Which is better, fats or carbohydrates? Will drug use and crime drop if we legalize marijuana use? Is this country in a recession, a recovery, or a depression? Should I refinance the house? There are many questions and issues that bombard us every day. Everyone has an opinion, whether it is the news media, your doctor, your priest, a subject matter expert, or your mother. Who should we believe? This is where critical thinking and decision making come in. This paper will define critical thinking and decision-making.
Browne and Keeley (2001) define critical thinking as consisting "of an awareness of a set of interrelated critical questions, plus the ability and willingness to ask and answer them at appropriate times." Critical thinking can, and should, be used each day. Living in the information age, we are under a constant barrage of opinions, facts, and information. The first critical thinking question we should ask is "Who cares?" Our time is very valuable and is an irreplaceable commodity.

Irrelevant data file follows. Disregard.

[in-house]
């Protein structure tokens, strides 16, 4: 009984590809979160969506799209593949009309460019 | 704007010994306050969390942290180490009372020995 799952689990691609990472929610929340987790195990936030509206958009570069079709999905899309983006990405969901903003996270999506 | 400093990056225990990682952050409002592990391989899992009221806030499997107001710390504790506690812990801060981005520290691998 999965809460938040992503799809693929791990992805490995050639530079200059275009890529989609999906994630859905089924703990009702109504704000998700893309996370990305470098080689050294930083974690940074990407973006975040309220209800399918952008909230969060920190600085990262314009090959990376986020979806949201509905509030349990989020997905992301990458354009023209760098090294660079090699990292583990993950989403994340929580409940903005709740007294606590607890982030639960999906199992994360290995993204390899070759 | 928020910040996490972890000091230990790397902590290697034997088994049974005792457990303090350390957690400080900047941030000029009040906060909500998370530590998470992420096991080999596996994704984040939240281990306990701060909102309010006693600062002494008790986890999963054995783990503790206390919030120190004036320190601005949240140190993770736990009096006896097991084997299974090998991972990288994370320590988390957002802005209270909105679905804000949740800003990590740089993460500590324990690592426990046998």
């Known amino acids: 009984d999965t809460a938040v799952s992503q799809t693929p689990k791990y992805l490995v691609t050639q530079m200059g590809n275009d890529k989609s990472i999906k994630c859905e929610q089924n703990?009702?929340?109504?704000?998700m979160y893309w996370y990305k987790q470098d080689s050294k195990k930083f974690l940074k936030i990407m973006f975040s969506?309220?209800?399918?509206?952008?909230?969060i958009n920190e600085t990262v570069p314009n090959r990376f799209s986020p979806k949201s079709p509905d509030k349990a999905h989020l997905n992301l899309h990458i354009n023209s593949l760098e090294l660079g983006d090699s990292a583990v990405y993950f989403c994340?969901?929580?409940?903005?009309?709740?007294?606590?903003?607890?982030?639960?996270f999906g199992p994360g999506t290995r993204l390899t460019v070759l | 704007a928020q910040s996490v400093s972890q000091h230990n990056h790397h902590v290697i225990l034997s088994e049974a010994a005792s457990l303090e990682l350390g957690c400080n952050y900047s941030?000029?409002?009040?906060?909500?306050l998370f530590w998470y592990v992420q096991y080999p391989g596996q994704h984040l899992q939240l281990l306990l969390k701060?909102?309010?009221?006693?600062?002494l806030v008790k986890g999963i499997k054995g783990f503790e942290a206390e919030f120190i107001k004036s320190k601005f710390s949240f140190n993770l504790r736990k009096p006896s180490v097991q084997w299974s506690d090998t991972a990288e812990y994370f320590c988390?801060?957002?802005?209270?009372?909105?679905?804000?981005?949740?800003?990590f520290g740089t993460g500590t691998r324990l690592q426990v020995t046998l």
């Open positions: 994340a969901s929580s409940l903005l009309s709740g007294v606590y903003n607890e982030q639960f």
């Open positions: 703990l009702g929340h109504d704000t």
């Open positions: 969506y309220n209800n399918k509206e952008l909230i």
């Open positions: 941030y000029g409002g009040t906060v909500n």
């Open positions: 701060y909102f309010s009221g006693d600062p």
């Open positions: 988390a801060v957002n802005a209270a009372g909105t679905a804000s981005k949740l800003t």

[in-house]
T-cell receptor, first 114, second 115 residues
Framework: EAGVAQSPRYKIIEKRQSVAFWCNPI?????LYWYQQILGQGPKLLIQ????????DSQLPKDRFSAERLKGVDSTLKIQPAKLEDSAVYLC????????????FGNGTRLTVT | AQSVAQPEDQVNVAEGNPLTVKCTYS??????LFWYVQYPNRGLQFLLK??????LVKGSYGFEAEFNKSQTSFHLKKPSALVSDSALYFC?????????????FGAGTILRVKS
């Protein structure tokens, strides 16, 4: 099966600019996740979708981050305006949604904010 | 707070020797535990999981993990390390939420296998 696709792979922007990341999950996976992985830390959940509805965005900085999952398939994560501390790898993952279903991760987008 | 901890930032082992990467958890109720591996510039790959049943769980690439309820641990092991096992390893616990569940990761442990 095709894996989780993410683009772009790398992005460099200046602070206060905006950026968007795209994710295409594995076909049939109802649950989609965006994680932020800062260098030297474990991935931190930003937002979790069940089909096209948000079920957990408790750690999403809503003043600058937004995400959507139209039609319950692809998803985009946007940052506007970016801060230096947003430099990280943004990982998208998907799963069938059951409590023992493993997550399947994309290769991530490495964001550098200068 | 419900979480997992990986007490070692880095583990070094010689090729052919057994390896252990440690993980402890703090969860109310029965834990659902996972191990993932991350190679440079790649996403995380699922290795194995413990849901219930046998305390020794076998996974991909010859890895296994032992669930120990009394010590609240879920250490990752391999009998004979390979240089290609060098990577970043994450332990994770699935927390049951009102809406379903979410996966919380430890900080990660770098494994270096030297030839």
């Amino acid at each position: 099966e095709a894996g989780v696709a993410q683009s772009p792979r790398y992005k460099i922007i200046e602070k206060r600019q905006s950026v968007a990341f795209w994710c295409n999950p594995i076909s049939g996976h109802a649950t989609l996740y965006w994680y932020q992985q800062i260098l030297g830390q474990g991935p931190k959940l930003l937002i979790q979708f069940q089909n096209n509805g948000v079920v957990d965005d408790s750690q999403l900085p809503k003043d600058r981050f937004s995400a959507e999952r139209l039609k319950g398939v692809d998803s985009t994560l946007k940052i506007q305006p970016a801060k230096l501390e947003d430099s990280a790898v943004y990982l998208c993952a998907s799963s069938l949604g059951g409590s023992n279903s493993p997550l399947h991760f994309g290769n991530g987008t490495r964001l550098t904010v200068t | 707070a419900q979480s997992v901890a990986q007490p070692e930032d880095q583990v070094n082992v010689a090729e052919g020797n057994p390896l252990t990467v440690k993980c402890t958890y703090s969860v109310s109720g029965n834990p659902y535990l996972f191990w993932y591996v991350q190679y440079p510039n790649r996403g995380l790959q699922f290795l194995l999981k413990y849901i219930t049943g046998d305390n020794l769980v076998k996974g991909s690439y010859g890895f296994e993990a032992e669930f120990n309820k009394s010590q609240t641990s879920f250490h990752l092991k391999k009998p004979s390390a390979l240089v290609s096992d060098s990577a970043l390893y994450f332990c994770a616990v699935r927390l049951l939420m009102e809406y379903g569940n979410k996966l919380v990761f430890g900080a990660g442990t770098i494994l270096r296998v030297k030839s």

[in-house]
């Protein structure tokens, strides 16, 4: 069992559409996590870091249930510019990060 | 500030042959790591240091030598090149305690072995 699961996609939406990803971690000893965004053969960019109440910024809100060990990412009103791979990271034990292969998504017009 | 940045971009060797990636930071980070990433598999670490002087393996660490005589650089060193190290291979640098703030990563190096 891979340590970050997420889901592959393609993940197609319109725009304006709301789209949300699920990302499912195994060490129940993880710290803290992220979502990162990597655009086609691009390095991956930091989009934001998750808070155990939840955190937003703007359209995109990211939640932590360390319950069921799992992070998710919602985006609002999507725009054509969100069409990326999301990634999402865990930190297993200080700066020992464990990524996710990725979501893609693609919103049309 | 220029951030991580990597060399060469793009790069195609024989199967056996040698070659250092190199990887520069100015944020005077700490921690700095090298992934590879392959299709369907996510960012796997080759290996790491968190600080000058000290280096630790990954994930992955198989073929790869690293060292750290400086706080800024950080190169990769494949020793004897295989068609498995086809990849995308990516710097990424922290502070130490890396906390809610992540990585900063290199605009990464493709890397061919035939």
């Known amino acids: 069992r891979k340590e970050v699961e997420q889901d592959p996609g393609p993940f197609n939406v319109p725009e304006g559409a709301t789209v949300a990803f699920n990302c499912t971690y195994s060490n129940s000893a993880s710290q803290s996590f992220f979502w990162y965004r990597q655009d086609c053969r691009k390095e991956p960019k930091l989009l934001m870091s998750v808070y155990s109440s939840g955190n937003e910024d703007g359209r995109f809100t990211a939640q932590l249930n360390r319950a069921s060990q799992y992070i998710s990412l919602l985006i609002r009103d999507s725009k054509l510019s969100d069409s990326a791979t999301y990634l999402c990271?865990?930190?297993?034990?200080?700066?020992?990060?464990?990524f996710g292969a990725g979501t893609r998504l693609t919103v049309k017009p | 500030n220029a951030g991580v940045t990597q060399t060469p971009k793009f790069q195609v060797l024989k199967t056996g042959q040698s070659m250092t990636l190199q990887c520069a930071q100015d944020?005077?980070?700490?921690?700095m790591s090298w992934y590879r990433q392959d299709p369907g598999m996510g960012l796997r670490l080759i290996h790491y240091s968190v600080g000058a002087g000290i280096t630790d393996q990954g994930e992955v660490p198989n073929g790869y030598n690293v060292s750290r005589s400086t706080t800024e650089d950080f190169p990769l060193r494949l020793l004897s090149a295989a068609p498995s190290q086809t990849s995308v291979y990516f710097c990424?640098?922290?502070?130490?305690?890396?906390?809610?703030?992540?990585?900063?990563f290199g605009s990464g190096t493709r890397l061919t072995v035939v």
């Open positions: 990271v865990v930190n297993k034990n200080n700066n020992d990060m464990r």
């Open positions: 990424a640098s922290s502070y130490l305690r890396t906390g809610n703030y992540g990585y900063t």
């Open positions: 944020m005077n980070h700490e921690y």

We need to sift through the issues and decide what to devote our energy to (Browne and Keeley 2001).
Kurland (1995) more thoroughly defines critical thinking as: Concerned with reason, intellectual honesty, and open-mindedness, as opposed to emotionalism, intellectual laziness, and closed-mindedness. Thus, critical thinking involves: following evidence where it leads; considering all possibilities; relying on reason rather than emotion; being precise; considering a variety of possible viewpoints and explanations; weighing the effects of motives and biases; being concerned more with finding the truth than with being right; not rejecting unpopular views out of hand; being aware of one's own prejudices and biases, and not allowing them to sway one's judgment. Kurland's definition covers all the main aspects of critical thinking quite clearly. If I were to sum up critical thinking in one word, it...